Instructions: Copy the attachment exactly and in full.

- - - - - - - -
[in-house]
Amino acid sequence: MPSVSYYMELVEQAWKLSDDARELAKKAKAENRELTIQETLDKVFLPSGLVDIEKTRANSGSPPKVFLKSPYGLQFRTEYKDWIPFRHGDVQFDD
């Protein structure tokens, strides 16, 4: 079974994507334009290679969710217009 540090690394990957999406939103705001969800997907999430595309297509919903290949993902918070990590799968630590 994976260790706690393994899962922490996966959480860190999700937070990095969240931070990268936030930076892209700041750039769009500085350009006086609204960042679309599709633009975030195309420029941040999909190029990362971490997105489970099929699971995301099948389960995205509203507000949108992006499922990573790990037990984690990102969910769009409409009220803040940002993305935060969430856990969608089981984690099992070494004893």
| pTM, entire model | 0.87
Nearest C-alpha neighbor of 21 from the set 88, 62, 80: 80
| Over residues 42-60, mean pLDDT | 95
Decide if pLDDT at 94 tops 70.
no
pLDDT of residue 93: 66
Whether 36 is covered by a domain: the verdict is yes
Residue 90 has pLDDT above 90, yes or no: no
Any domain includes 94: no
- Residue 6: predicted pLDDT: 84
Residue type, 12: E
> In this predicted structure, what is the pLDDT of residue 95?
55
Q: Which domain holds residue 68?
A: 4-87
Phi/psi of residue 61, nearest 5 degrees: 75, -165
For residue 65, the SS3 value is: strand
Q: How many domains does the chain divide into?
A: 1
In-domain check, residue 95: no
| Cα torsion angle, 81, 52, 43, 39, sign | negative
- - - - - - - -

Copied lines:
[in-house]
Amino acid sequence: MPSVSYYMELVEQAWKLSDDARELAKKAKAENRELTIQETLDKVFLPSGLVDIEKTRANSGSPPKVFLKSPYGLQFRTEYKDWIPFRHGDVQFDD
């Protein structure tokens, strides 16, 4: 079974994507334009290679969710217009 540090690394990957999406939103705001969800997907999430595309297509919903290949993902918070990590799968630590 994976260790706690393994899962922490996966959480860190999700937070990095969240931070990268936030930076892209700041750039769009500085350009006086609204960042679309599709633009975030195309420029941040999909190029990362971490997105489970099929699971995301099948389960995205509203507000949108992006499922990573790990037990984690990102969910769009409409009220803040940002993305935060969430856990969608089981984690099992070494004893």
| pTM, entire model | 0.87
Nearest C-alpha neighbor of 21 from the set 88, 62, 80: 80
| Over residues 42-60, mean pLDDT | 95
Decide if pLDDT at 94 tops 70.
no
pLDDT of residue 93: 66
Whether 36 is covered by a domain: the verdict is yes
Residue 90 has pLDDT above 90, yes or no: no
Any domain includes 94: no
- Residue 6: predicted pLDDT: 84
Residue type, 12: E
> In this predicted structure, what is the pLDDT of residue 95?
55
Q: Which domain holds residue 68?
A: 4-87
Phi/psi of residue 61, nearest 5 degrees: 75, -165
For residue 65, the SS3 value is: strand
Q: How many domains does the chain divide into?
A: 1
In-domain check, residue 95: no
| Cα torsion angle, 81, 52, 43, 39, sign | negative